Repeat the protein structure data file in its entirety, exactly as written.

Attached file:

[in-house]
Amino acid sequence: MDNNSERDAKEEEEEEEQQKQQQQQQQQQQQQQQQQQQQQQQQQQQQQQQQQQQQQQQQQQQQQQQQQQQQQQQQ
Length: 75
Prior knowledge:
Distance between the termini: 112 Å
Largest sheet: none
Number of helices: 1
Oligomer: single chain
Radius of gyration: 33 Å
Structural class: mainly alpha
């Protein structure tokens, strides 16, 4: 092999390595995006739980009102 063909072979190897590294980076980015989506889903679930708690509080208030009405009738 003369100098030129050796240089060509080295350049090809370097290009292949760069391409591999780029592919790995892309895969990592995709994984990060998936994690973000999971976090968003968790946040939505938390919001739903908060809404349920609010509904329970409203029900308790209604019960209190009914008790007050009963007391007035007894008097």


[in-house]
Amino acid sequence: MDNNSERDAKEEEEEEEQQKQQQQQQQQQQQQQQQQQQQQQQQQQQQQQQQQQQQQQQQQQQQQQQQQQQQQQQQ
Length: 75
Prior knowledge:
Distance between the termini: 112 Å
Largest sheet: none
Number of helices: 1
Oligomer: single chain
Radius of gyration: 33 Å
Structural class: mainly alpha
């Protein structure tokens, strides 16, 4: 092999390595995006739980009102 063909072979190897590294980076980015989506889903679930708690509080208030009405009738 003369100098030129050796240089060509080295350049090809370097290009292949760069391409591999780029592919790995892309895969990592995709994984990060998936994690973000999971976090968003968790946040939505938390919001739903908060809404349920609010509904329970409203029900308790209604019960209190009914008790007050009963007391007035007894008097």